Education ballot proponents say they can work together

QUICKREAD

The District 51 mill levy override, a local ballot measure, and Proposition 103, a statewide ballot measure, will go before voters Nov. 1. Here are summaries of what each would do:

What would the measures do?

District 51 override: Increase the number of mills in the local property tax formula by seven for six years.

Proposition 103: Increase state income tax from 4.63 percent to 5 percent and increase state sales tax from 2.9 percent to 3 percent for five years.

How much money would they raise?

District 51 override: $12.5 million in 2012. The tally in the following five years will depend on changes in the number and values of local properties.

Proposition 103: $536.1 million in 2012, according to the ballot language. Changes in consumer spending and income may change the amount in following years, but a Blue Book ballot analysis estimates the measure will raise more than $2.9 billion in five years.

What would they fund?

District 51 override: Restore up to 80 teaching positions, four school days and one district-employee-contract day; technology purchases; and cover state cuts.

Proposition 103: Preschool through 12th-grade education and higher education statewide.

What do taxpayers pay now?

District 51 override: For every $100,000 of a home’s assessed value in District 51 boundaries, $267.05 in property tax goes to education. For businesses, that amount is $972.92 for each $100,000 of the property’s worth.

Proposition 103: Coloradans pay $46.30 in state income tax on every $1,000 of taxable income. A single person making $35,000 a year, for example, pays $1,268 in state income tax, according to a Blue Book analysis. A person who makes a $100 purchase in Grand Junction pays $7.65 in sales tax, with $2.90 going to the state.

How much would taxpayers pay if the measure passes?

District 51 override: $322.77 for homeowners and $1,175.92 for business owners for every $100,000 of a property’s value.

Proposition 103: People would pay $50 in state income tax on every $1,000 of taxable income in Colorado. Blue Book estimates a single person making $35,000 a year would pay $1,369 in state income tax. A person would pay $7.75 in sales tax on a $100 purchase in Grand Junction, with $3 going to the state.

COMPARING MEASURES



Proponents of two education-related measures on the Nov. 1 ballot are showing support for each other amid concerns the presence of both measures may cause voter confusion.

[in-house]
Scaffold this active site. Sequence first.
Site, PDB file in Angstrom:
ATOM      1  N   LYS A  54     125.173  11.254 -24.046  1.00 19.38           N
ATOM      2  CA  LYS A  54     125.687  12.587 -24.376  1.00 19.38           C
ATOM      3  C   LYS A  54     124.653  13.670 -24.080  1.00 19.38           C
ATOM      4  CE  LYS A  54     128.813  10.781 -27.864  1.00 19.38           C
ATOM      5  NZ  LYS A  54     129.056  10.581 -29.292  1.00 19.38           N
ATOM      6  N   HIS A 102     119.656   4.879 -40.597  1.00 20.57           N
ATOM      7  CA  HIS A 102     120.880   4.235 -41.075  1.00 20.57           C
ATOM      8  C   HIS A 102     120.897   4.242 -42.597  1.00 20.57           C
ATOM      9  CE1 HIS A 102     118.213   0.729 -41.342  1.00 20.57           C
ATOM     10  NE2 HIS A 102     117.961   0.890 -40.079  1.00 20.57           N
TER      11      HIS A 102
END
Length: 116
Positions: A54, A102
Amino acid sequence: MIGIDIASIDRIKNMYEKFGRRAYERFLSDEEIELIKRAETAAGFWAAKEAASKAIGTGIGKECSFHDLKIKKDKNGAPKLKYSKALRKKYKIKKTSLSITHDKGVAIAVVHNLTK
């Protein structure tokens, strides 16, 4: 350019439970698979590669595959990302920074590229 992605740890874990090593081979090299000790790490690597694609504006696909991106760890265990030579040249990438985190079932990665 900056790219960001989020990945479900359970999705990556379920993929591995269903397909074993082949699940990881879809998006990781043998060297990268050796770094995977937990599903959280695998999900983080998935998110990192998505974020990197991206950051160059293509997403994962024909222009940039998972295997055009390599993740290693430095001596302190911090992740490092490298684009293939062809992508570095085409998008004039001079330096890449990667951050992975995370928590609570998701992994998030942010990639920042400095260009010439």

School District 51’s mill levy override, Referred Measure 3B, would increase local property taxes for local schools. Statewide measure Proposition 103 would increase income and sales taxes to pay for Colorado preschool through 12th-grade and higher-education institutions.

District 51 School Board member Diann Rice said she and others in the school district met this summer with the author of the proposition, state Sen. Rollie Heath, D-Boulder, to discuss how the override and Proposition 103 may interact.

“There was concern there would be confusion,” Rice said. “That with both on the ballot, people would say, ‘Isn’t this a little much? Do they want to get us from every side?”

Personally, Rice said, she hopes voters approve both measures.

“(Proposition 103) might alleviate cuts next year. Instead of $8 million in cuts next year, we might get to stay flat as far as state funding. But being flat at state funding doesn’t make up for any cuts before,” Rice said.

Proposition 103 and the mill levy override are “as complementary as it can get,” Heath said.

His proposal would give an additional $532 per student to District 51 schools under current funding formulas, which would mean $6,669 per student in 2012–13, he said. That figure is $44 below funding per District 51 student in 2009–10, the year $28.64 million in budget cuts began.

“I’m sure (District 51) is doing this to make up for cuts that are existent today,” Heath said. “What we’re trying to do is prevent any more state cuts.”

Heath said the two measures would work best together. He had nothing negative to say about the local override measure during a Friday editorial board meeting with The Daily Sentinel.

Rice agreed but said the proposition may have a better chance of passing than the override because it has the advantage of Front Range voters, who tend historically to be more receptive to tax increases than voters from other parts of the state.

Rice said if the override has an advantage, it may be that the money raised through the override would remain in District 51.

Proposition 103 would spread money among school districts and colleges and universities at the Legislature’s discretion.


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